To coincide with Colombia’s national day for journalists the Colombian organization Foundation for Freedom of the Press (FLIP) has published its annual report on press freedom conditions. The review of challenges faced by the media in 2014 comes as we remember the loss last year of one of the great defenders and promoters of Colombian journalism: author and journalist Gabriel García Márquez. Two moments from the Nobel laureate’s life are still significant when looking at the state of press freedom in Colombia today.
Demanding guarantees for protection of the press
On March 18, 1995 García Márquez brought together 24 journalists from the U.S., Peru and Colombia, as well as members of the Committee to Protect Journalists, to search for answers to the violence directed at Colombia’s journalists. The meeting, held in Cartagena, led to the creation of FLIP in 1996, which pushed the government to create a program in 2000 to protect journalists.
Since then things have changed. Violence against journalists has decreased–although outside of the big cities, in regions and municipalities where the presence of the state is weak, it still persists. In these outer regions, illegal armed groups and mafias that have permeated the institutional framework continue to intimidate journalists.
In 2014, FLIP recorded 164 cases of attacks and harassment of journalists in relation to their work. These cases were made up of 71 threats, 19 cases related to coverage of election issues, 36 physical attacks, and 43 obstructions to journalistic work.
The country’s National Protection Unit for journalists also suffered one of its biggest crises since it was founded, mainly because planning failures by the government led to budget deficits that have put all existing protection systems in Colombia at risk. Impunity is also still the norm. The justice system–whether because of laziness, disinterest or an excess of work–appears to have given up on being the actor for change the press freedom community has been demanding for so many years. From the judicial branch, there were advances in only two cases in 2014: the conviction of the mastermind in the 2005 murder of journalist Rafael Enrique Prins Velásquez and the convictions of state intelligence agents on charges of psychologically torturing journalist Claudia Julieta Duque during the Uribe administration.
Journalists under surveillance
In March 1981, a week after he left Colombia, García Márquez wrote in the Spanish daily El País of the reason for his self-imposed exile. “I knew the trap had been set and that my position of being a writer wouldn’t serve me at all because the forces of repression in Colombia have demonstrated that there are no untouchable values,” he wrote. García Márquez had been warned by sources that the Colombian intelligence services of that era, protected in the security statute of President Julio César Turbay, were watching him.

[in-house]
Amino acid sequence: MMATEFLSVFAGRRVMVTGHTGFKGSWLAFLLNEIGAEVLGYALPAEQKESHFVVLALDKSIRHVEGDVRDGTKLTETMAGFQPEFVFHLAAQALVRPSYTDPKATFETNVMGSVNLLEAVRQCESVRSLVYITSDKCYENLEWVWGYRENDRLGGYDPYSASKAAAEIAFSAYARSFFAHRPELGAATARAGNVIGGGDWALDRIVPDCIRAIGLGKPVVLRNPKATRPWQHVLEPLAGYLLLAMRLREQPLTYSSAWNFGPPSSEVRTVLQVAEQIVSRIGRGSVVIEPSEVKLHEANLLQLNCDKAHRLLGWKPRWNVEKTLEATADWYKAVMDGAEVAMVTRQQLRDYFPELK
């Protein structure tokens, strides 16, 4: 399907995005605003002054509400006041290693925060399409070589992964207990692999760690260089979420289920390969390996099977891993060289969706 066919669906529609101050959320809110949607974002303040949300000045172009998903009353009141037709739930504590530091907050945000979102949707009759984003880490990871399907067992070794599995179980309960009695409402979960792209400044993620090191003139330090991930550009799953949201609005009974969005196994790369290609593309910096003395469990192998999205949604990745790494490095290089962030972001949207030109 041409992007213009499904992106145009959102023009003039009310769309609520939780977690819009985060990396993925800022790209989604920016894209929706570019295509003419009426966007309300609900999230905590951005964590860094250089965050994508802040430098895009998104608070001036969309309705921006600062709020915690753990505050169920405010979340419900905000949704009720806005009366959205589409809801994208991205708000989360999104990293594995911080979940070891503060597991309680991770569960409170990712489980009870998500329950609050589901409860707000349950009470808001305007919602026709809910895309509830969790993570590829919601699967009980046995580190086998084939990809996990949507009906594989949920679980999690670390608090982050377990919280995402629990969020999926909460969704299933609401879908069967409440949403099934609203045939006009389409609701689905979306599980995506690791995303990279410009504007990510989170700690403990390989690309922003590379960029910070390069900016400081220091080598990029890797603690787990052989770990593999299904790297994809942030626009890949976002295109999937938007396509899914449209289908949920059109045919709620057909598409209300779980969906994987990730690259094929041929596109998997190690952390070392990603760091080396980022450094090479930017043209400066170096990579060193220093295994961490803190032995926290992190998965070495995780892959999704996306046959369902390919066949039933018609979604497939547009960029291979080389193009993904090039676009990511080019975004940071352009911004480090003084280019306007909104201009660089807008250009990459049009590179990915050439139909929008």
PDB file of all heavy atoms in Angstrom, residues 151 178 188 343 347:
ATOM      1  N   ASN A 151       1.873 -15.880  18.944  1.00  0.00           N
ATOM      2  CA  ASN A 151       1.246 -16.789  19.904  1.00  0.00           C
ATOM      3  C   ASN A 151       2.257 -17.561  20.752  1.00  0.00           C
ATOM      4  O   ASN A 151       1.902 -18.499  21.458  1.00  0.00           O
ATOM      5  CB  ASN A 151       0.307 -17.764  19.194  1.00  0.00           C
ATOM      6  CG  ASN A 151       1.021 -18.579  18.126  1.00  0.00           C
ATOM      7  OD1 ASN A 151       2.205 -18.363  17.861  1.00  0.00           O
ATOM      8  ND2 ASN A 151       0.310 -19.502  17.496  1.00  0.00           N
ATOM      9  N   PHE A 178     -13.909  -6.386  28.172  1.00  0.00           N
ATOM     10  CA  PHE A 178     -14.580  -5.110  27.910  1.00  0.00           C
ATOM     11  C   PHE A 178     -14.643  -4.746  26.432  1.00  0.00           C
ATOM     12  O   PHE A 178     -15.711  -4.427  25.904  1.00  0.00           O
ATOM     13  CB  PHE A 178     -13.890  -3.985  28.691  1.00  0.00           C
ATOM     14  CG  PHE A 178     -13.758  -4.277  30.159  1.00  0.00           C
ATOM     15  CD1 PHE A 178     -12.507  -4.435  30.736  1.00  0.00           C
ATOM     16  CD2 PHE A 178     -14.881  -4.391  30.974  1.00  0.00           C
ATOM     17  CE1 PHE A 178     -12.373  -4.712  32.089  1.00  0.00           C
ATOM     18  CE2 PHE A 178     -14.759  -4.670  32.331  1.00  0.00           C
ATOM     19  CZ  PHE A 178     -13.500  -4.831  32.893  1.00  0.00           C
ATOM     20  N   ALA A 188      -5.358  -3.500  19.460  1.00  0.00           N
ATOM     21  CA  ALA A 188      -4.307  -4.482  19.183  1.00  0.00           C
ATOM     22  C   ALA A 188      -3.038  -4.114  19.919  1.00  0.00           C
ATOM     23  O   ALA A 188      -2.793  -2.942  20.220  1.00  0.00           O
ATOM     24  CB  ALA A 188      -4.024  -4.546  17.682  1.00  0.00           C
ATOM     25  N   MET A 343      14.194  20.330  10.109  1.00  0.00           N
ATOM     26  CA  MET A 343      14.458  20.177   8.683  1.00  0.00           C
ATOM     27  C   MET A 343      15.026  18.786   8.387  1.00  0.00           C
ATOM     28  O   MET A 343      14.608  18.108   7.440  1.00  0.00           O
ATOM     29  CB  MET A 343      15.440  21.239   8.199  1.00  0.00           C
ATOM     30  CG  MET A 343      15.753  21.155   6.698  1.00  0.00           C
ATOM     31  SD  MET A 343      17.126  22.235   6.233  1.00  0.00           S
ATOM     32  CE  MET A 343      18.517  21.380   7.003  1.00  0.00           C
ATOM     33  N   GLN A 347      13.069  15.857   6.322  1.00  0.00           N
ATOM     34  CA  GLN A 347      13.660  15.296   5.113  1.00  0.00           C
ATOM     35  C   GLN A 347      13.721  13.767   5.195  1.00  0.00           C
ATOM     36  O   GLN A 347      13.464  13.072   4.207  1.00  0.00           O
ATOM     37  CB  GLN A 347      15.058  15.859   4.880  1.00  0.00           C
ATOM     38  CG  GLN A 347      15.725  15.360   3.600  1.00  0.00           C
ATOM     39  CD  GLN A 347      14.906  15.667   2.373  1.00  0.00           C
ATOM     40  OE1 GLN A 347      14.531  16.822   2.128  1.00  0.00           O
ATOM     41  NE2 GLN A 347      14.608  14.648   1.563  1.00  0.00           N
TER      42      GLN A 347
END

Surveillance of writers by state intelligence forces still exists today, even if the technology has changed.
Since taking office, President Juan Manuel Santos has sent messages of support to the press and began a process of collective reparation for journalists who were victims of Colombia’s long armed conflict, as part of the country’s ongoing peace negotiations with guerrilla groups. These positive gestures have occasionally ended in contradiction due to lamentable occurrences such as the wiretaps of journalists by the army in the 2014 operation known as “Andromeda.”
From a global perspective, Andromeda is part of the wider debate on government surveillance of Internet communications. Advances in technology have facilitated the dissemination of information but have also made those who generate it more vulnerable. Acts of espionage are now almost invisible to their victims, which means more oversight and control of state intelligence forces should be required.
The Andromeda case has echoes of the 2009 scandal in which news magazine Semana revealed that the Administrative Department of Security (DAS)–Colombia’s national intelligence service–was spying on critics of then-President Álvaro Uribe, including judges, politicians, human rights activists, and reporters. The Andromeda case shows that even though President Santos disbanded the DAS in 2011, the controls are still inadequate. So inadequate, in fact, that the president and senior government officials were also subject to illegal wiretapping.
At this time of increasing challenges for journalists in combating surveillance, impunity, and violence, Colombia should build on García Márquez’s legacy for protecting the press.